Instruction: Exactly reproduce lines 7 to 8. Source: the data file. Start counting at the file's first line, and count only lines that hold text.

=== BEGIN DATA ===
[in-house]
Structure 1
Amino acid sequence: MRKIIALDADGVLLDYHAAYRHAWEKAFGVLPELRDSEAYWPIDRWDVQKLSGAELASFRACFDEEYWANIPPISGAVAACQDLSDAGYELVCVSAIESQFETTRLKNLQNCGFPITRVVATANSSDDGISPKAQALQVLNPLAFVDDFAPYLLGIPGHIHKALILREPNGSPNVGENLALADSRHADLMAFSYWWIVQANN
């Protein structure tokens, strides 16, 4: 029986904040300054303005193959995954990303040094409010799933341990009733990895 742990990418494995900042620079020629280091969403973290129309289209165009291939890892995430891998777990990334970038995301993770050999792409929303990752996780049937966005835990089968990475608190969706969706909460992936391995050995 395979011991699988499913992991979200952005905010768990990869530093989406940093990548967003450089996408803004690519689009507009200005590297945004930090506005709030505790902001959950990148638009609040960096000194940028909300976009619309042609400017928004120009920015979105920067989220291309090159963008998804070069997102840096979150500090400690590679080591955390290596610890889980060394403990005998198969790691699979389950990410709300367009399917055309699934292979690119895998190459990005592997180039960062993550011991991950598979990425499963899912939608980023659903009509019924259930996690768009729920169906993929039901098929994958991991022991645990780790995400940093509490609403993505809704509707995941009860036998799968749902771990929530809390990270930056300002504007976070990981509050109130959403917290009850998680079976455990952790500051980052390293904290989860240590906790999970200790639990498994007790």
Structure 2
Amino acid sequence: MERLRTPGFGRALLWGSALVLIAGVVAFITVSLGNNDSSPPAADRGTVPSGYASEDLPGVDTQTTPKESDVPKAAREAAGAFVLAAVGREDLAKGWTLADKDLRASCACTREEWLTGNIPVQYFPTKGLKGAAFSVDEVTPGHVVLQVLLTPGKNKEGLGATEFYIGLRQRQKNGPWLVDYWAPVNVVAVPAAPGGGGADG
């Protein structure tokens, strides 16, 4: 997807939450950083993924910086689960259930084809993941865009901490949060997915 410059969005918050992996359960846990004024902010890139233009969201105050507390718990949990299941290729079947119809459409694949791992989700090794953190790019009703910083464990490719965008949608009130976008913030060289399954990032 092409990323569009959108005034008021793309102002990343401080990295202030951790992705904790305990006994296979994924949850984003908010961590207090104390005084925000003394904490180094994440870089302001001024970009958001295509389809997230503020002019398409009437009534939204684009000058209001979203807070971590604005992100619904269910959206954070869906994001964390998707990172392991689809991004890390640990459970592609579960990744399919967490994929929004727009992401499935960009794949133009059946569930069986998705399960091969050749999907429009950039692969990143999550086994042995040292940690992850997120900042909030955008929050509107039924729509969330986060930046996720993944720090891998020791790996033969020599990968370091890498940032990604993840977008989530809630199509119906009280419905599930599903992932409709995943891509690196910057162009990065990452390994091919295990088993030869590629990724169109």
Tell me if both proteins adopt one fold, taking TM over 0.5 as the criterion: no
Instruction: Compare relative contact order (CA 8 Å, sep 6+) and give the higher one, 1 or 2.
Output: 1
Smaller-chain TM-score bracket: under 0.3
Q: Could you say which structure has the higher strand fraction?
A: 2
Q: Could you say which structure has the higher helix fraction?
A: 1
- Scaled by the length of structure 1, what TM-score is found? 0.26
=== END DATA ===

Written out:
């Protein structure tokens, strides 16, 4: 997807939450950083993924910086689960259930084809993941865009901490949060997915 410059969005918050992996359960846990004024902010890139233009969201105050507390718990949990299941290729079947119809459409694949791992989700090794953190790019009703910083464990490719965008949608009130976008913030060289399954990032 092409990323569009959108005034008021793309102002990343401080990295202030951790992705904790305990006994296979994924949850984003908010961590207090104390005084925000003394904490180094994440870089302001001024970009958001295509389809997230503020002019398409009437009534939204684009000058209001979203807070971590604005992100619904269910959206954070869906994001964390998707990172392991689809991004890390640990459970592609579960990744399919967490994929929004727009992401499935960009794949133009059946569930069986998705399960091969050749999907429009950039692969990143999550086994042995040292940690992850997120900042909030955008929050509107039924729509969330986060930046996720993944720090891998020791790996033969020599990968370091890498940032990604993840977008989530809630199509119906009280419905599930599903992932409709995943891509690196910057162009990065990452390994091919295990088993030869590629990724169109």
Tell me if both proteins adopt one fold, taking TM over 0.5 as the criterion: no